Advantages: Smart packaging creates space for four people and their outdoor adventure package. Intelligent use of space for kit storage. Smart laundry room. Daily driver potential.
cons: The space to stretch out after a day of mountain biking or kayaking is limited. Mattresses are a bit on the thin side. More expensive than many compact coach-built motorhomes.
Auto-Trail V-Line 635 Sport
By £65,110 Sleeping places: 2
The 635 is a space-saving couples tourer that offers the comfort you would expect for both weekend getaways and longer journeys across the continent. The U-shaped rear lounge is spacious enough for cozy evenings in front of the TV (included as standard) and converts into a huge double bed
bed, or two single beds.
The standard kit includes a reversing camera, a panoramic roof window in the cab, satellite navigation and a comfortable washroom and kitchen. On summer evenings there’s a roller blind to sit under and gas hook-up for a barbecue, while third class insulation, blown air heating and a fixed roof mean the Auto-Trail will keep you snug and cozy in the depths of winter.
Advantages: Comfortable and space-saving accommodation with virtually everything you need included as standard. Daily driver potential.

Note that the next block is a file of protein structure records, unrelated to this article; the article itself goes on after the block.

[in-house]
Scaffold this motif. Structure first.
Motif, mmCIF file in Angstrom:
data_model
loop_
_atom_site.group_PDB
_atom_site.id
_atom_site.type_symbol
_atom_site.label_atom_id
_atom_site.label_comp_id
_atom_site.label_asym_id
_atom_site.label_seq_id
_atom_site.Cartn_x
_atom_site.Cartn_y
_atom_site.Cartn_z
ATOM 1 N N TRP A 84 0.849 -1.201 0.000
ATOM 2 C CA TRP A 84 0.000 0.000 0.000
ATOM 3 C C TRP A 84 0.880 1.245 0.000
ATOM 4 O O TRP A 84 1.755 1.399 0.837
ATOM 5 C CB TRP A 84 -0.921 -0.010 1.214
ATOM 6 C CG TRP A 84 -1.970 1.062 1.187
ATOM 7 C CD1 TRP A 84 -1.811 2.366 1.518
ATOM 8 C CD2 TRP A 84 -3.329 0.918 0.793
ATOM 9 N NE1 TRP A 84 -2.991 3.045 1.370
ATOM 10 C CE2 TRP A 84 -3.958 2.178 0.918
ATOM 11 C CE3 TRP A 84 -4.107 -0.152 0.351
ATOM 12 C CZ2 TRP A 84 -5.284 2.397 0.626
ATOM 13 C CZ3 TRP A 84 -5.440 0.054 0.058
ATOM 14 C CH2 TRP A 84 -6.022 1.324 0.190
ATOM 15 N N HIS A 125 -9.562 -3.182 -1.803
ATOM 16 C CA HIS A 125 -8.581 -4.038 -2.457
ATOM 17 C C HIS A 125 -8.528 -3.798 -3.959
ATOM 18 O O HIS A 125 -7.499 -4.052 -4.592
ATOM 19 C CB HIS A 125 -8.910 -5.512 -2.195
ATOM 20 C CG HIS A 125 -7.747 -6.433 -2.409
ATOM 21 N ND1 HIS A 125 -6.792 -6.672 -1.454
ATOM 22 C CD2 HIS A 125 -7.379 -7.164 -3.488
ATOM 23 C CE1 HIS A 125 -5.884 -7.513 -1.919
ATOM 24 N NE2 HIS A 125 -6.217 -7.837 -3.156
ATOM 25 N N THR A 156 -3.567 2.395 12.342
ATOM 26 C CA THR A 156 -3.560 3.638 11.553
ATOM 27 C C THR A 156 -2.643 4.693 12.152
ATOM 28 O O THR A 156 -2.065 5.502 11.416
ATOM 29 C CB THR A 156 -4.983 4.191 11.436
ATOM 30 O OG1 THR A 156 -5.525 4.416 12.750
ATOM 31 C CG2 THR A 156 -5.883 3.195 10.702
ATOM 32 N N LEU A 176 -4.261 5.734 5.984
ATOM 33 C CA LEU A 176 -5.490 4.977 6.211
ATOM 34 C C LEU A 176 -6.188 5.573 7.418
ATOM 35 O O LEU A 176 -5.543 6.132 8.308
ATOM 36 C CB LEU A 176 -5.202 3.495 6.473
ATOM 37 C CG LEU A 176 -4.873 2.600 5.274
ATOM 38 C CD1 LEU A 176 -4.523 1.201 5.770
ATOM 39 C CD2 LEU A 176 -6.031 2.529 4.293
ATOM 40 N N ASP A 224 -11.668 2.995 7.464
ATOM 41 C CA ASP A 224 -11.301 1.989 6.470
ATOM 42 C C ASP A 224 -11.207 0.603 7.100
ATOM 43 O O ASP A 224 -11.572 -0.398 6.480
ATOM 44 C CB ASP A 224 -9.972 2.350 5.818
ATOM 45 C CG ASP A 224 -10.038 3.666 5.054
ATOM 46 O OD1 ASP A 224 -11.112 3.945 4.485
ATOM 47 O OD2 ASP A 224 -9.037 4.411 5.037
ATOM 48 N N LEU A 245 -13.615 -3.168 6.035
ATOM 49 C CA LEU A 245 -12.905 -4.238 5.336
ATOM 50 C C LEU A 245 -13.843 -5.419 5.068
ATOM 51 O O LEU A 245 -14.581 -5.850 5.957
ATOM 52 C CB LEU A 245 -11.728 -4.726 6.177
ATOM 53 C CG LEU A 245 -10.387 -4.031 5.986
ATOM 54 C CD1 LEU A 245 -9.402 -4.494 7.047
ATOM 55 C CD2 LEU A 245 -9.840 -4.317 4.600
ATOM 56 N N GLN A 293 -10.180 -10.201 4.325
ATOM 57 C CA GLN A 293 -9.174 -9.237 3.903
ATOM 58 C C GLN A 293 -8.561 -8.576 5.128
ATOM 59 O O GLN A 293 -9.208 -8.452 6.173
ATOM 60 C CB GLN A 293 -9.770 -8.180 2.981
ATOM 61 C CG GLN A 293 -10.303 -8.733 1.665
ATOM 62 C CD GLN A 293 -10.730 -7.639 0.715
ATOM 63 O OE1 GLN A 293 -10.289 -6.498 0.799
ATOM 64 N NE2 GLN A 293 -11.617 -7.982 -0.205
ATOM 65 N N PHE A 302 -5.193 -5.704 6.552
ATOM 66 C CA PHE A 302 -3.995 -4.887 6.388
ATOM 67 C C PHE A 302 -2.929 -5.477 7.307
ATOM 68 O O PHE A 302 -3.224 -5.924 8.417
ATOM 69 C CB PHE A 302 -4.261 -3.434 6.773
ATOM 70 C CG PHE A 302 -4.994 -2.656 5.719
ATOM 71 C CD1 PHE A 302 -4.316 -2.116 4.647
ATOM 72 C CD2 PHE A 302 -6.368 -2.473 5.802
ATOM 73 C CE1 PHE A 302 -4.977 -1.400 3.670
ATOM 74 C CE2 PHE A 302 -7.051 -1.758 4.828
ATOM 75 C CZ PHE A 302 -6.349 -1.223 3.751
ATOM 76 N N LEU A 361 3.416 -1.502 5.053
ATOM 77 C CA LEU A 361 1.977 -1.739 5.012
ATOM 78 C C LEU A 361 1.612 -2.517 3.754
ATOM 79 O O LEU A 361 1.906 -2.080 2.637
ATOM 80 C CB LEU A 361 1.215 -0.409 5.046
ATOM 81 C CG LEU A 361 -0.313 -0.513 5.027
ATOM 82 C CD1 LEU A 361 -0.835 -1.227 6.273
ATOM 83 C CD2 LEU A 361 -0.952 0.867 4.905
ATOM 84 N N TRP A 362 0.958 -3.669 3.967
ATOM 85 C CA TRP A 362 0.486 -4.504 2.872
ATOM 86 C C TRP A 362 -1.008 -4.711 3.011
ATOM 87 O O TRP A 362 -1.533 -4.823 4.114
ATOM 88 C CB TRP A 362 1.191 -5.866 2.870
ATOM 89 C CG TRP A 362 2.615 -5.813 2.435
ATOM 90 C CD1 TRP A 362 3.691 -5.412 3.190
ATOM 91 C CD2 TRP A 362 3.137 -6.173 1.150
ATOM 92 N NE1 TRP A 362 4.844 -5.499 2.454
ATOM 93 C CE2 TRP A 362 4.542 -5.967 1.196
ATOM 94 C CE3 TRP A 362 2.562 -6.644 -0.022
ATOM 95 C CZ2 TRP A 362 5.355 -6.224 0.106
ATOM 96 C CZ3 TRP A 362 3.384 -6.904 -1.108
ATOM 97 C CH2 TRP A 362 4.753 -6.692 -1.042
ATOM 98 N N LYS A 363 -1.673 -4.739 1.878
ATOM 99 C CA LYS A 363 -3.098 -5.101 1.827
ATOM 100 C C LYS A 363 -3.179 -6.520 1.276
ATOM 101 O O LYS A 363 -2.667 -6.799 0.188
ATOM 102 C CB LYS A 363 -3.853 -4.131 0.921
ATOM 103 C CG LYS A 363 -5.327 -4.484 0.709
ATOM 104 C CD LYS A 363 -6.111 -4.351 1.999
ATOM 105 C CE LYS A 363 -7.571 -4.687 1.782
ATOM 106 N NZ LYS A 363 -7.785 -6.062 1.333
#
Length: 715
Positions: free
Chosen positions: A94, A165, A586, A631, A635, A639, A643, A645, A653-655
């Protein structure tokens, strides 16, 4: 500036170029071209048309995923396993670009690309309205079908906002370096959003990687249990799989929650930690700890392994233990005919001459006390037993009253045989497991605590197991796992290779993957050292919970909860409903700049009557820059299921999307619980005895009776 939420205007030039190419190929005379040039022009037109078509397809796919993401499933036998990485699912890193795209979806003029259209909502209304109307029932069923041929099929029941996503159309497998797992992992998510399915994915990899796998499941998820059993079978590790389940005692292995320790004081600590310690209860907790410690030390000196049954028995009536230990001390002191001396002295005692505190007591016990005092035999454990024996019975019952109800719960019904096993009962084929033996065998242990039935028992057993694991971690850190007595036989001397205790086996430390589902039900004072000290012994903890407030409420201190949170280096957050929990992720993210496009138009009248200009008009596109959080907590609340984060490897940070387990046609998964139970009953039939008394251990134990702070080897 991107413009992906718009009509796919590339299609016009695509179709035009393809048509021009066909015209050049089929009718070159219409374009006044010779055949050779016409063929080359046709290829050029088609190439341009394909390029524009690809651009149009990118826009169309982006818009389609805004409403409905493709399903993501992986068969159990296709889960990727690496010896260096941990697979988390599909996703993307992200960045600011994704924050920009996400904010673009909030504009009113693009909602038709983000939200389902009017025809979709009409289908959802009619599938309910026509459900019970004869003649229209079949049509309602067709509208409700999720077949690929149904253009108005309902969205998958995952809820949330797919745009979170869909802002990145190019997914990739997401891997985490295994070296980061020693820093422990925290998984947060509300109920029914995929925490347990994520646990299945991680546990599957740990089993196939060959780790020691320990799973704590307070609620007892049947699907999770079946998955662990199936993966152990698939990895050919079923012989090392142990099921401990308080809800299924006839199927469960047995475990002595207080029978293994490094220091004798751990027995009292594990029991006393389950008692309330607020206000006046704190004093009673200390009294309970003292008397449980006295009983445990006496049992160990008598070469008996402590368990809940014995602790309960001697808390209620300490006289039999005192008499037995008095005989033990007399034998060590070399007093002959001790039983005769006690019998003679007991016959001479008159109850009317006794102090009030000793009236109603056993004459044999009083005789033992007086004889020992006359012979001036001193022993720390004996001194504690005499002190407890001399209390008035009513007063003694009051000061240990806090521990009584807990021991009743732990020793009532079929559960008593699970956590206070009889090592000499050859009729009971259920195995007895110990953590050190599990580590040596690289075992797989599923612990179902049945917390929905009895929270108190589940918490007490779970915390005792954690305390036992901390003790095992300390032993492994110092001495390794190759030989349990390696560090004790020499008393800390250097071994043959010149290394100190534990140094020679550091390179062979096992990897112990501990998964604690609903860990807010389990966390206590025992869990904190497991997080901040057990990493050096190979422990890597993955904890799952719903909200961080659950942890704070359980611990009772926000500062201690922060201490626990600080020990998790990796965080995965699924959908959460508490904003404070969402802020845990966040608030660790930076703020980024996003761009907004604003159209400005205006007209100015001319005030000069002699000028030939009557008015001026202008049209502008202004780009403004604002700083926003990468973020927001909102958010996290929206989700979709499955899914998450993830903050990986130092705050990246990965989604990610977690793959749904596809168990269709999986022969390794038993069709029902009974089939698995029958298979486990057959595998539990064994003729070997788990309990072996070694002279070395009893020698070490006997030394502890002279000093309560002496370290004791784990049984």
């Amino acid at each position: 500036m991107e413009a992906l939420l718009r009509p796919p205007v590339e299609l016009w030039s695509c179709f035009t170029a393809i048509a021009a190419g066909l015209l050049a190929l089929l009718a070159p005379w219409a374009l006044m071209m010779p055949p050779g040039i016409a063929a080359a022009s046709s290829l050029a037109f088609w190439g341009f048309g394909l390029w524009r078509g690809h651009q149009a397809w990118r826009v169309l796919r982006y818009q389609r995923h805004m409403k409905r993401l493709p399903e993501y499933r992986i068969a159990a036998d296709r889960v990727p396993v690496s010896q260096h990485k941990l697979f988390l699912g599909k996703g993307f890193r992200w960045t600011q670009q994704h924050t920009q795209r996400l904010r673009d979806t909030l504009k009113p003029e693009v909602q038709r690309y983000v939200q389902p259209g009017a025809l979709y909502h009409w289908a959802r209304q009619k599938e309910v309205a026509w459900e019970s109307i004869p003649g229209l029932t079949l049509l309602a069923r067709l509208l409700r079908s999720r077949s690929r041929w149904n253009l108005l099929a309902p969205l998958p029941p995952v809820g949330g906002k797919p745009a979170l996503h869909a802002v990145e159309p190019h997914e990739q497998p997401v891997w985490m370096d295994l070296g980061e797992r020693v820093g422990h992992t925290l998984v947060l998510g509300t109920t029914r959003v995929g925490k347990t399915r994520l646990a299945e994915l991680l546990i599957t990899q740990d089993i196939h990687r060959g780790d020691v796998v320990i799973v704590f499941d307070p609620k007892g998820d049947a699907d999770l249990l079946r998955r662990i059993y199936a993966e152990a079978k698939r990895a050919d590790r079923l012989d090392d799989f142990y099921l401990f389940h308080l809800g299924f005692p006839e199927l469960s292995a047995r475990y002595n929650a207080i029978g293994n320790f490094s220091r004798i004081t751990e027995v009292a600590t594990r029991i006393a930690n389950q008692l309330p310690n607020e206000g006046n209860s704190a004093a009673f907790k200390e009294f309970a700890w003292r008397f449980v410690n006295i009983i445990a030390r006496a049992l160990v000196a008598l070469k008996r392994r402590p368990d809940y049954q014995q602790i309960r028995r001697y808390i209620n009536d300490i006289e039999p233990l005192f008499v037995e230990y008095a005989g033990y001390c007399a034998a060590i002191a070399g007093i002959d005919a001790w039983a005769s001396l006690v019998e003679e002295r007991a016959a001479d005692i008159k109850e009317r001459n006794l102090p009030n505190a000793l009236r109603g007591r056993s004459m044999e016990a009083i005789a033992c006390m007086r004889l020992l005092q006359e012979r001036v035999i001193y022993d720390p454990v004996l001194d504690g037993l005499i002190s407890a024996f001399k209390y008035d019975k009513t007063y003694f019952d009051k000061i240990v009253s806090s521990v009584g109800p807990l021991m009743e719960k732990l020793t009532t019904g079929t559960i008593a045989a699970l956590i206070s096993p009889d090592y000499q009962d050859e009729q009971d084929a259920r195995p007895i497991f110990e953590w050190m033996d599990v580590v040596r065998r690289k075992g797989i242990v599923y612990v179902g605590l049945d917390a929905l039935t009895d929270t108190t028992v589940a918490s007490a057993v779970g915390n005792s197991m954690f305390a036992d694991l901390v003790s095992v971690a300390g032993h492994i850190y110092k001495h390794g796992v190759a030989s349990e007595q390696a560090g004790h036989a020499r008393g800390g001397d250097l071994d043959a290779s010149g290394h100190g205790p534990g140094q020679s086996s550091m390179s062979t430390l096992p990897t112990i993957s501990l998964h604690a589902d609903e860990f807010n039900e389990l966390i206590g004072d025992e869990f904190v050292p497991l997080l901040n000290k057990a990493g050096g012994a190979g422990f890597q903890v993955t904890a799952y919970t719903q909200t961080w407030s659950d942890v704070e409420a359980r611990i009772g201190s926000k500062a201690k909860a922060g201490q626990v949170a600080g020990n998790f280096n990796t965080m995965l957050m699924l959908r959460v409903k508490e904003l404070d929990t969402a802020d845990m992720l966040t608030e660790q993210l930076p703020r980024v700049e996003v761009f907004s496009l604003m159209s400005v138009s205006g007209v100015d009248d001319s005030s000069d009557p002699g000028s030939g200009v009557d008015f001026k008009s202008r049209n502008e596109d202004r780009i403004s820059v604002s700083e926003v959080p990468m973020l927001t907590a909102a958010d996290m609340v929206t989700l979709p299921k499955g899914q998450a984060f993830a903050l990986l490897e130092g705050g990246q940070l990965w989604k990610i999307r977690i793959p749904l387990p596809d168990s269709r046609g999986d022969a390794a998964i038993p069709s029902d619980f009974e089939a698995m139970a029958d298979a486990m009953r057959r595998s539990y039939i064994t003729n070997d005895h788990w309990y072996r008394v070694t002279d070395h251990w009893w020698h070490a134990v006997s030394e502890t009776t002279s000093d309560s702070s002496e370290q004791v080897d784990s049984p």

cons: Couples only – no flexibility for families or taking the grandkids for a weekend treat. Substantial price tag compared to a compact motorhome built motorhome.
Carthago Chic C-Line I6.2 XL QB Merc
By: £121,280 Sleeping places: 4
The Carthage design philosophy reflects the atmosphere of a luxury yacht, with beautifully finished cabinetry and pleasing details reminiscent of a bygone era of genteel grand touring. Based on a Mercedes Sprinter large van, this twin-axle 8.8m colossus is a wonderful space to spend some quality time.
Whether you’re standing in the paddock at the Grand Prix, owning the VIP glamp site at Glastonbury or floating along the Croisette in Cannes, the Carthage is in its element. The Chic has class because of the bucket load. With a fixed island bed, a private washroom, a comfortable front lounge and a fold-down double bed for when friends come over, the Carthago is the last word in elegance.
Advantages: More luxurious than a typical hotel room. Excellent build quality and finish. Cachet of Mercedes substantiation.